Soil characteristics in a bottomland hardwood forest five years after hydrologic restoration
Contributors:Mitsch, William J.
Tuttle, Cassandra L.
bottomland hardwood forest
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Series/Report no.:Annual report (Olentangy River Wetland Research Park)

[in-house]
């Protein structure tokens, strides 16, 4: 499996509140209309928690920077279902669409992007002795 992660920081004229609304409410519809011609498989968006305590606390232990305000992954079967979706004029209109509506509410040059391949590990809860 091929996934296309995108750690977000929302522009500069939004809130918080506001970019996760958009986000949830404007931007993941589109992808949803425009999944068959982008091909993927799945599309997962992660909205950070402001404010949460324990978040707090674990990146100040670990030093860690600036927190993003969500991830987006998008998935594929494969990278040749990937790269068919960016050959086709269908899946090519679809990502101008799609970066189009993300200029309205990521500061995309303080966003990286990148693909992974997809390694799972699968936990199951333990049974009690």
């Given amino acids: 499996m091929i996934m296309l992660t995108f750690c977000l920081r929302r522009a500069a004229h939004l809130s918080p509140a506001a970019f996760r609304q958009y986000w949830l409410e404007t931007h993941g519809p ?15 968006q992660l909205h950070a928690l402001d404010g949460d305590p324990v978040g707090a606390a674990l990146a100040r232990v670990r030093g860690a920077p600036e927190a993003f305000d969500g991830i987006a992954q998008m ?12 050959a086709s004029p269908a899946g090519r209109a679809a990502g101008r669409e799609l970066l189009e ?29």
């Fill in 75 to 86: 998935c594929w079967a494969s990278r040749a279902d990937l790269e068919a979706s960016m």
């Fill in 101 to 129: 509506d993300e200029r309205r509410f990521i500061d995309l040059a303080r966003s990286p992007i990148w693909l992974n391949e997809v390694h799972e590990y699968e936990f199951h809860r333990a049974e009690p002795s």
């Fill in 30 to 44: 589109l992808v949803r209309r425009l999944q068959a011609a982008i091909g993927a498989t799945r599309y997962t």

The hydrology of the bottomland hardwood forest in Central Ohio was restored in the spring of 2000 by the creation of four breaches in the protective levee along the Olentangy River. A 2005 study was conducted to characterize water content, bulk density, soil color, and total organic content of soils near two of the breaches in relation to elevation, and to compare to previously collected pre and post hydrologic restoration studies. The percentage of hydric soils in the floodplain study areas was 60%, comparable to data collected in 2003. Samples collected in upland areas of higher elevation displayed lower organic content and higher chroma values consistent with areas receiving minimal flooding and non-hydric conditions. Samples collected at the northern breach demonstrated soil characteristics consistent with more frequent flooding than those of the southernmost breach. Average total organic matter content for this area was 9.39 ± 1.77 %, compared to the southern breach average of 6.13 ± 0.53 %. This difference was attributed to variation in flooding patterns between the northern and southern sections of the forest.
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